Cash flow is one of the most important factors to a business’s success. Too little revenue coming in or too much going out will cause any organisation struggle to stay afloat. Cash flow management
For those who own a small business in Australia, future proofing your cash flow management strategies is a crucial consideration. Without this forethought, it is likely that your organisation could become one of the 51 per cent of businesses that cease trading within the first four years of operations.*
As more companies launch in Australia, this inevitably leads to an increased number of insolvencies and closures. In fact, a recent report from Dun & Bradstreet (D&B) shows that year-on-year business failures have increased by 9.6 per cent, compared to just an 8 per cent increase in total business startups. Still, total company launches outnumber failures by a significant amount.
Despite the rising number of business closures, Australian companies are relatively confident about the future, according to D&B. Optimism is strong among local businesses, with 64 per cent more positive about growth this year.
“At face value, the increase in business failures is concerning, but in a vibrant economy where risk taking is to be encouraged, there will always be some businesses that simply don’t make it,” D&B Economic Advisor Stephen Koukoulas explained.
To ensure your small business can be one of the 49 per cent of startups that continue operating beyond four years, now is the best time to consider your cash flow management forecasting strategies. Anticipating problems before they become major issues is a simple and effective method for increasing your business’s chances at long-term success.
Here are four steps you should take to make the most of accurate and beneficial revenue forecasting:
1. Know where the market is going
One of the most significant influences on small business cash flow is how the market as a whole is performing. When your industry is facing significant legislative, consumer, and corporate challenges, it is likely that your business will also be affected.
It can therefore be helpful to keep track of reports such as the D&B, Roy Morgan, and NAB business expectations surveys. By monitoring the levels of optimism regarding the future, you can make strategic decisions related to your own planning.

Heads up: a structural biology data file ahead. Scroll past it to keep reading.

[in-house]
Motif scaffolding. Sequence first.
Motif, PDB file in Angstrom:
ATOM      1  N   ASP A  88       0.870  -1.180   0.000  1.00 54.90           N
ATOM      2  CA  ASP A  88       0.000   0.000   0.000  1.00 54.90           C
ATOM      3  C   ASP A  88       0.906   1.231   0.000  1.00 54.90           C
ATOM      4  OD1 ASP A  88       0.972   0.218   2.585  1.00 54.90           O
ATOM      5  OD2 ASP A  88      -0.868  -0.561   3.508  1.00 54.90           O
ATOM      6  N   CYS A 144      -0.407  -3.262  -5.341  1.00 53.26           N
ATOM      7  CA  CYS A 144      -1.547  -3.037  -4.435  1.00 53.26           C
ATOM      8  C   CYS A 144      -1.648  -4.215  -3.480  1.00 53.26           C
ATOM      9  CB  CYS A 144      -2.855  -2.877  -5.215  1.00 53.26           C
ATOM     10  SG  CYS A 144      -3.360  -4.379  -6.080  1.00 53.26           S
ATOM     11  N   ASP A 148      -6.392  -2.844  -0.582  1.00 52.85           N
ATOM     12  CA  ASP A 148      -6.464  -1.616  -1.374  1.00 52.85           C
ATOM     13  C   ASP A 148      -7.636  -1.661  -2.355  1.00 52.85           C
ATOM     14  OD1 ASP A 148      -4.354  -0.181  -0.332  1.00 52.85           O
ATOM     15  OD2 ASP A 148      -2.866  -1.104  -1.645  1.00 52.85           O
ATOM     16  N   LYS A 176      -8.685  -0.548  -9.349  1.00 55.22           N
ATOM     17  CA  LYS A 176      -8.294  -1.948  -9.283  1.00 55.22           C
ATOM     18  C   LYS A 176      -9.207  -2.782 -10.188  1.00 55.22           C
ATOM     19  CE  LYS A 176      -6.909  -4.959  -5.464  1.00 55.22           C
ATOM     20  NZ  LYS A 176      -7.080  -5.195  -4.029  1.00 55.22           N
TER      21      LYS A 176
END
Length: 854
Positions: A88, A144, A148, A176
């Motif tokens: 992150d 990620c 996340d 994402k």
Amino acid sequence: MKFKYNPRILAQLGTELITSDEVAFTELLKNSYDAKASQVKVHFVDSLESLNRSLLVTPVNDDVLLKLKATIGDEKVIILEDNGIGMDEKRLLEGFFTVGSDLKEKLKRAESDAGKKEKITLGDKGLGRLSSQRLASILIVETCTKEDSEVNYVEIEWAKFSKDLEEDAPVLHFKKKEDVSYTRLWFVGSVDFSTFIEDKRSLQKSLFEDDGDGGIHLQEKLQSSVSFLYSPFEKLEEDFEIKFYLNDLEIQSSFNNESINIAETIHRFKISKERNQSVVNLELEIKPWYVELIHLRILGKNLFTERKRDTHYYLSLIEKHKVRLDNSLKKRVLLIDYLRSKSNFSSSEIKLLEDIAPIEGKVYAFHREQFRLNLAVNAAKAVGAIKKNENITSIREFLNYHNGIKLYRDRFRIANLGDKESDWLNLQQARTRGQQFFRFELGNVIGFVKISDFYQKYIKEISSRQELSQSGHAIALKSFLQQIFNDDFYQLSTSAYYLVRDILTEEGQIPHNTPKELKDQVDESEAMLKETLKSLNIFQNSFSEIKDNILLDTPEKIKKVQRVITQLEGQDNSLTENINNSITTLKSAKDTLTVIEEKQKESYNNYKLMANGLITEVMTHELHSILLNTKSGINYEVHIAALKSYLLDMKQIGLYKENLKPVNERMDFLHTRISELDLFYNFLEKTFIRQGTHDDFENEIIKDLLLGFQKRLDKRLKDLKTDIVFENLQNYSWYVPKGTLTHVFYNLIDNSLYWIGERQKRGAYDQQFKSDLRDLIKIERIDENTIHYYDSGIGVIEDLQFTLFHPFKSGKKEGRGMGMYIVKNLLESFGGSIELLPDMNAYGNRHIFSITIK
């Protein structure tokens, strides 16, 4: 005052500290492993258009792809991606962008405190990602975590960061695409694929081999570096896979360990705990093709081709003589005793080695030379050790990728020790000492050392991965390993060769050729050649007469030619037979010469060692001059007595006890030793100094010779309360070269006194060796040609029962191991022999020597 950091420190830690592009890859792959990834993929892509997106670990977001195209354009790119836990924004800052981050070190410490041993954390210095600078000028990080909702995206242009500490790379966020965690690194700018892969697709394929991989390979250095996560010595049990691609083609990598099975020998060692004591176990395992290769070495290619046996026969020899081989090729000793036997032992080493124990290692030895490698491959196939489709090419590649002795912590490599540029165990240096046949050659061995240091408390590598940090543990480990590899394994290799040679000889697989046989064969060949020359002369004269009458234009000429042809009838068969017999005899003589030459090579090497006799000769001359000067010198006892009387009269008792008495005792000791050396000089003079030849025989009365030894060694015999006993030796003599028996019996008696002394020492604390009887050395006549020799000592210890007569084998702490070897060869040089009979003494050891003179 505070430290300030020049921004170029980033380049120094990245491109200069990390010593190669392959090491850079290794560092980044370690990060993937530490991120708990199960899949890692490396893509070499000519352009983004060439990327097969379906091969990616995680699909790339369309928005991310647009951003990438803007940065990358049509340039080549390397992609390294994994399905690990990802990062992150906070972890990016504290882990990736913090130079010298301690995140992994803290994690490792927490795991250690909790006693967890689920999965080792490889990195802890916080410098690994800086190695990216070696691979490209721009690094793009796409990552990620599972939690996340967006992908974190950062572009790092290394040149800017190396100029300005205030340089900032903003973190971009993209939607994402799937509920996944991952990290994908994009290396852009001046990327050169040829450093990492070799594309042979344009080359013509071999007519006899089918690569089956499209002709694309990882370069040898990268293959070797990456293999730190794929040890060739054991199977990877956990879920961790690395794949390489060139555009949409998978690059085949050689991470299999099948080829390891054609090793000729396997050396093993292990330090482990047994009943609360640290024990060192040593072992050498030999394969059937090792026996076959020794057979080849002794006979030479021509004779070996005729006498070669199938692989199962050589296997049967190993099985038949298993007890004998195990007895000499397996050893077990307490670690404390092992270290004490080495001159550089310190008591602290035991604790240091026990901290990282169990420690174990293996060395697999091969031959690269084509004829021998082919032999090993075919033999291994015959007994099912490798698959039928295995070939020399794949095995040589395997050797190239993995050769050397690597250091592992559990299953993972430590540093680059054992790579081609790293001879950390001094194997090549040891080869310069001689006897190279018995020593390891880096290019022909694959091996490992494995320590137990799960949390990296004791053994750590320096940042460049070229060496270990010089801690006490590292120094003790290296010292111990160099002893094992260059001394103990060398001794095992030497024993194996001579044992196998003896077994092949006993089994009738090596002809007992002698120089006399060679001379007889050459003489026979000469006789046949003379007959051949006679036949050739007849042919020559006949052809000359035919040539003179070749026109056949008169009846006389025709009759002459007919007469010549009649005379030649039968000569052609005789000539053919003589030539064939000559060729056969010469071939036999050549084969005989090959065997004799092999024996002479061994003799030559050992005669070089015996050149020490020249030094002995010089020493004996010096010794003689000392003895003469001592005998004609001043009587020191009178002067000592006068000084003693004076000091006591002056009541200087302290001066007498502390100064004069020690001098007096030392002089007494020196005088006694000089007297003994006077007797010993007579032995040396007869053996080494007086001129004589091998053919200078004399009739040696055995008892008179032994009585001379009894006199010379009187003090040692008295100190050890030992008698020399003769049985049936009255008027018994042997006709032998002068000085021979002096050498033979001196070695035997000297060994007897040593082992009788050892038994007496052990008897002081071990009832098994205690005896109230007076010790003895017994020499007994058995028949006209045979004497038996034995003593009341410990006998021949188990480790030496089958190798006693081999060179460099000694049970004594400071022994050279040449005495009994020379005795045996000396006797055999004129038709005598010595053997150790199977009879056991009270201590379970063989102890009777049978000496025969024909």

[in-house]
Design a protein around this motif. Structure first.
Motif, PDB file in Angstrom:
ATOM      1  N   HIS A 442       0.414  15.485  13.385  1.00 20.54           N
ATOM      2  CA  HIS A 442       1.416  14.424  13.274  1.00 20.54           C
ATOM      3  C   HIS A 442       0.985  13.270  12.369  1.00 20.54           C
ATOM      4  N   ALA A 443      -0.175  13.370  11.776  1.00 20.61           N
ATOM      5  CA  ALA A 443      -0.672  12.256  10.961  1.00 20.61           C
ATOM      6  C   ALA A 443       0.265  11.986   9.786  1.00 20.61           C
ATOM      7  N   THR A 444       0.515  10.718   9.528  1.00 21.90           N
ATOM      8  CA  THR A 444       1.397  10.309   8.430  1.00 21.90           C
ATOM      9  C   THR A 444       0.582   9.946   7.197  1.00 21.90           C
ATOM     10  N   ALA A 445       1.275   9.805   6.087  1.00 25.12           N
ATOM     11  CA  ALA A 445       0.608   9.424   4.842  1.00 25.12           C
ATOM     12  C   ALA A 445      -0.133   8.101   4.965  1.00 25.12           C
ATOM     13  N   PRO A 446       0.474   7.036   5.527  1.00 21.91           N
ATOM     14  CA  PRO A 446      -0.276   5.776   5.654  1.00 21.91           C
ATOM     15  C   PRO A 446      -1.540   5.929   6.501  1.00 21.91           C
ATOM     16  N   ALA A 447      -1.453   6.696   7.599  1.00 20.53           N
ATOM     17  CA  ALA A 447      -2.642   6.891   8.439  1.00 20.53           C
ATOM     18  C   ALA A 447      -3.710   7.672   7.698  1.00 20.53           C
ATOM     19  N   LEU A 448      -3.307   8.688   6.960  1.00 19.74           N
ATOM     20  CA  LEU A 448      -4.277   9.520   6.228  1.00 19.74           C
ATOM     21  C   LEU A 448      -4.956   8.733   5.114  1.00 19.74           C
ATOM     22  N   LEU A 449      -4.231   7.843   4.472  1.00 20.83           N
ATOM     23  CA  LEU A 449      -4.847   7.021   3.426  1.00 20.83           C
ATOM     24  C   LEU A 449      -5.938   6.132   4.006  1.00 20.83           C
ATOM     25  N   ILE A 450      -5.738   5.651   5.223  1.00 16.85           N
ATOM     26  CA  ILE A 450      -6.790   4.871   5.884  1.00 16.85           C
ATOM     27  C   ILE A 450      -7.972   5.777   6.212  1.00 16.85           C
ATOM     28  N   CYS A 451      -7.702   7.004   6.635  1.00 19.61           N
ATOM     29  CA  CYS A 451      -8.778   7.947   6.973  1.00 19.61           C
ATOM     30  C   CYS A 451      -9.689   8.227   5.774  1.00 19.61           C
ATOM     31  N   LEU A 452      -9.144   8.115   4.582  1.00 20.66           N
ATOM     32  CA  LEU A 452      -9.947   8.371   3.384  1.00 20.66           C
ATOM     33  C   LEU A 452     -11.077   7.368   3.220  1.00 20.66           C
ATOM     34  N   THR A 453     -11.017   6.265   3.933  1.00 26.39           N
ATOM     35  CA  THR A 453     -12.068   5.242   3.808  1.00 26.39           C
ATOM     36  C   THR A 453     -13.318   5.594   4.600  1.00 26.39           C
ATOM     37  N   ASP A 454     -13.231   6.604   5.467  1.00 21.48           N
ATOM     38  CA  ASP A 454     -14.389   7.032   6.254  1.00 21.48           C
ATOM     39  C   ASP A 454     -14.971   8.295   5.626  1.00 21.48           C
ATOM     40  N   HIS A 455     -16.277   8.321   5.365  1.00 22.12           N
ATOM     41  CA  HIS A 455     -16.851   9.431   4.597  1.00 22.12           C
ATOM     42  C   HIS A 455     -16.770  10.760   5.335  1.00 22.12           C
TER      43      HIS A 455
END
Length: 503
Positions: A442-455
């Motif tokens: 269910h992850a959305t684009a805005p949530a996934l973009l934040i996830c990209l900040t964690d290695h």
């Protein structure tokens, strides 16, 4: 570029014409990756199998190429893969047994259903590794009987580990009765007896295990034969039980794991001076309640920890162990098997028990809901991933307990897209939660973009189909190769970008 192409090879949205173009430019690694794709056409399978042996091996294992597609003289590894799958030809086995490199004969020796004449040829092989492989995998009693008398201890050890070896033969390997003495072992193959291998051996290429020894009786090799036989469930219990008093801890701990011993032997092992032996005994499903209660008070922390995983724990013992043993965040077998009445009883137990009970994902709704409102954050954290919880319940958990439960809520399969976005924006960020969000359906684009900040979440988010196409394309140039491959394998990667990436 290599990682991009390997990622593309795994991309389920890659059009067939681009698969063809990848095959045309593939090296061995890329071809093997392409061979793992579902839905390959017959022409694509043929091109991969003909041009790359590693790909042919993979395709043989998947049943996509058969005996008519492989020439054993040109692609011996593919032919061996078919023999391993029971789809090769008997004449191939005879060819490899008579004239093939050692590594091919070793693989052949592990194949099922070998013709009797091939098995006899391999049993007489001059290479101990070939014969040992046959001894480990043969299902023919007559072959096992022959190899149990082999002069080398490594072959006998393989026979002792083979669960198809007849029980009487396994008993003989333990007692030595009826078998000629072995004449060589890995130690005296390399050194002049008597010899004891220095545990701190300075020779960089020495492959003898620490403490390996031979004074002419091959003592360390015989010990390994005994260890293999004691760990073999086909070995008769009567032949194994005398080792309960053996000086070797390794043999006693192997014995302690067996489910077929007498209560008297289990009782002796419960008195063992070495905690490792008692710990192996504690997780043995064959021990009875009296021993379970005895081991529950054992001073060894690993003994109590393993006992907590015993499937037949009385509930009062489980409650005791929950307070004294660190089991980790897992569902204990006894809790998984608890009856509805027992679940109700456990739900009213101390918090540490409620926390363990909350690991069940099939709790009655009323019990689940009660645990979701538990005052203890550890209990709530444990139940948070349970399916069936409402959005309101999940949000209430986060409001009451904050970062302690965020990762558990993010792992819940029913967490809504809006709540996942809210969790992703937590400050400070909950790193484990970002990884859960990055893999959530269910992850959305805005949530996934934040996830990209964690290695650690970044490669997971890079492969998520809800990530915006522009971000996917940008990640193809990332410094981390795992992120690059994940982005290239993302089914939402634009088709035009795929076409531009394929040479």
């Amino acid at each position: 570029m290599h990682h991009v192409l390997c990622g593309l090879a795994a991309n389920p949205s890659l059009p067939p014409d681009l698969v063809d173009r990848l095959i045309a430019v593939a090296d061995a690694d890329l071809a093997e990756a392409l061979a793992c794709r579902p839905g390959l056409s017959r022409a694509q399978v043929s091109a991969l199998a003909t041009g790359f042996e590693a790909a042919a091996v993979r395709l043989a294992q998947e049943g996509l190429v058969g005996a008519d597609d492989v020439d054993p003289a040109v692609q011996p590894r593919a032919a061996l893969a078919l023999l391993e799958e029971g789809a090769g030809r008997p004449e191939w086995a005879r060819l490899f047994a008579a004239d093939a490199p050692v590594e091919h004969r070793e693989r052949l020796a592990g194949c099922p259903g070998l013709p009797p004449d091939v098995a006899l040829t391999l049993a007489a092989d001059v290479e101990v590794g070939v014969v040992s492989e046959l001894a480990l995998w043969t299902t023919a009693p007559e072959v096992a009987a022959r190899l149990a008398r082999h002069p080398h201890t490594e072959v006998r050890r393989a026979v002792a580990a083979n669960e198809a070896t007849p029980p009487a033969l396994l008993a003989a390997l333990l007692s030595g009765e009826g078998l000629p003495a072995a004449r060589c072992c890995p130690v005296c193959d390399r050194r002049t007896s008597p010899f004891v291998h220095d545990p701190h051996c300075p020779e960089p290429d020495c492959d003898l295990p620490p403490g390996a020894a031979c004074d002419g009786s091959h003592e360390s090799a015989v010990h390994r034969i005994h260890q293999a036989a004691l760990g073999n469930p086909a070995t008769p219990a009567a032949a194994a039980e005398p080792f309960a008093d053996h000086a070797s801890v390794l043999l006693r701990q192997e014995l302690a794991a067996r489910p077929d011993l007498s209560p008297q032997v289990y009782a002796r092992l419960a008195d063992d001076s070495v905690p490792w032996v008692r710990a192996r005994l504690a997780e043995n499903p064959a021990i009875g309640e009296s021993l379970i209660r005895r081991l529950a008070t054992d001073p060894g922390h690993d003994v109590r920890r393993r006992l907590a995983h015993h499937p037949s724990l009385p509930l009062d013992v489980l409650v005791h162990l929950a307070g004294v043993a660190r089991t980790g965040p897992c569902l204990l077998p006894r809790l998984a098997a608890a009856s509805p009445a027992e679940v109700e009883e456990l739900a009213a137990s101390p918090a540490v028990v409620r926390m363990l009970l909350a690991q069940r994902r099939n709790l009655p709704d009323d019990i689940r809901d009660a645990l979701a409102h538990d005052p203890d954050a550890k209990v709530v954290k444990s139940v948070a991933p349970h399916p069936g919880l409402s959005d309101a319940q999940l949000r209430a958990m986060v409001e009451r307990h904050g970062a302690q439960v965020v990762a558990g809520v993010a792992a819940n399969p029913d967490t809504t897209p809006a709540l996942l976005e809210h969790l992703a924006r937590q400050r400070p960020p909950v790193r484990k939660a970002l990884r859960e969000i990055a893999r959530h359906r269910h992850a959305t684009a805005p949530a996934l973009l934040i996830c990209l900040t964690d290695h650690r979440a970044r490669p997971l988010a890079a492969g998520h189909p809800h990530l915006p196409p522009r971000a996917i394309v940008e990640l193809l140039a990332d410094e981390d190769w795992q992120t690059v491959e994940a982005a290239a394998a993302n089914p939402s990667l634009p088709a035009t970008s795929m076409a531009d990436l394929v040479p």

Additionally, these monthly publications often provide insights into how other companies are responding to threats, including predictions on what factors are more likely to influence future growth.
You can potentially improve your ability to forecast and adapt to changing markets and industries by keeping an eye on business sentiment surveys.
2. Create a business plan
In some cases, cash flow management is a reflective process – with businesses responding to the revenue they receive rather than creating strategies to sustain this income. However, a failure to look ahead can lead to serious issues when decisions regarding costs are made without foresight.
Business plans should therefore incorporate the past, present, and future to create strategic moves that will result in long-term benefits. For example, when your business needs to buy new equipment, it is important to consider whether now is really the best time to make the purchase.
You could find that by reflecting on your past performance and considering future threats, it is better to save the money to bridge potential revenue gaps and buy the equipment further down the track.
Automating your receivables will not only help streamline the cash flow process, but can also help you analyse and predict payment trends.
By offering your customers a flexible digital payment solution, you can more accurately keep track of when cash will arrive in your accounts. Furthermore, with direct debit cloud integration, your payment software can store previously collected data to help you review past invoices and plans to save time and resources.
One of the most important factors to consider when making plans for the future is how volatile your industry could be. With so many potential influencers, such as legislative and political changes, emerging technologies, and consumer demand your business plan could easily become outdated and redundant.
It is therefore vital that you regularly review your forecasts to ensure they remain accurate and applicable to your business and industry.If you enjoyed this article, read our top article Our experts’ top strategies to getting paid on time to see how you can further reduce cash flow management problems.
*Source: McCrindle Research.